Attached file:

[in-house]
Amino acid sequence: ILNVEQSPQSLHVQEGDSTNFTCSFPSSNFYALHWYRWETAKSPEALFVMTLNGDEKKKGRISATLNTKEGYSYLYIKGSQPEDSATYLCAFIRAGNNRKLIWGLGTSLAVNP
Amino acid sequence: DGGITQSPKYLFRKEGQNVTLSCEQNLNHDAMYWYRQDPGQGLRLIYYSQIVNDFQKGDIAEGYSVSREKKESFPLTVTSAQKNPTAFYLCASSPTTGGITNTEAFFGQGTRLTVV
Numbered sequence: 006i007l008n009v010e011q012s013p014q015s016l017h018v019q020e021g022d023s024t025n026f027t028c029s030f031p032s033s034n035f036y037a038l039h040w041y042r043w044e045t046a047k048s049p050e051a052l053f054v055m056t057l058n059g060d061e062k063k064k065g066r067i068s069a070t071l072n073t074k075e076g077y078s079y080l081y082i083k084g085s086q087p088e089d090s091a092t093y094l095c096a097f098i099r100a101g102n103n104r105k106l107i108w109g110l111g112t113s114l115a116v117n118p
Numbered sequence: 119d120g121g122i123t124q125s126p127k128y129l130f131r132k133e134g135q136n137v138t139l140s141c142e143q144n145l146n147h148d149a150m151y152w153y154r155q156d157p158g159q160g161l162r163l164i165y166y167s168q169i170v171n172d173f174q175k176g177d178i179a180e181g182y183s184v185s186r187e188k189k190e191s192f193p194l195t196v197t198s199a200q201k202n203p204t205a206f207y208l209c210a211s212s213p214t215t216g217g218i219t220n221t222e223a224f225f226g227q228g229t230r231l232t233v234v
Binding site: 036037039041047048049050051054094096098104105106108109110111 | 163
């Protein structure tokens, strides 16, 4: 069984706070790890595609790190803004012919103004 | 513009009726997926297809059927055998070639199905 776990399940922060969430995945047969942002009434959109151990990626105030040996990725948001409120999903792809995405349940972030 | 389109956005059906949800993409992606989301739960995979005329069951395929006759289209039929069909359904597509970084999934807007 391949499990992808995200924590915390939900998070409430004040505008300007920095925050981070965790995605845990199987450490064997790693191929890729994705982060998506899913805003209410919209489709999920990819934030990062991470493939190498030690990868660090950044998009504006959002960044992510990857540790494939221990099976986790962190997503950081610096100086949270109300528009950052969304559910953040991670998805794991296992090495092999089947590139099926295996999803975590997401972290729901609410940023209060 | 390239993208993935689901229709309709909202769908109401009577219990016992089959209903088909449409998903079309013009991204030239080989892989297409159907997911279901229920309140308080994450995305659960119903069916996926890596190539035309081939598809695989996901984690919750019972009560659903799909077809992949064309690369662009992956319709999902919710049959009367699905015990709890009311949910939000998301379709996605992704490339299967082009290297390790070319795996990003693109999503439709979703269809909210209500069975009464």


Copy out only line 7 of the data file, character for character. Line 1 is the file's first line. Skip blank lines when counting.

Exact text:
């Protein structure tokens, strides 16, 4: 069984706070790890595609790190803004012919103004 | 513009009726997926297809059927055998070639199905 776990399940922060969430995945047969942002009434959109151990990626105030040996990725948001409120999903792809995405349940972030 | 389109956005059906949800993409992606989301739960995979005329069951395929006759289209039929069909359904597509970084999934807007 391949499990992808995200924590915390939900998070409430004040505008300007920095925050981070965790995605845990199987450490064997790693191929890729994705982060998506899913805003209410919209489709999920990819934030990062991470493939190498030690990868660090950044998009504006959002960044992510990857540790494939221990099976986790962190997503950081610096100086949270109300528009950052969304559910953040991670998805794991296992090495092999089947590139099926295996999803975590997401972290729901609410940023209060 | 390239993208993935689901229709309709909202769908109401009577219990016992089959209903088909449409998903079309013009991204030239080989892989297409159907997911279901229920309140308080994450995305659960119903069916996926890596190539035309081939598809695989996901984690919750019972009560659903799909077809992949064309690369662009992956319709999902919710049959009367699905015990709890009311949910939000998301379709996605992704490339299967082009290297390790070319795996990003693109999503439709979703269809909210209500069975009464």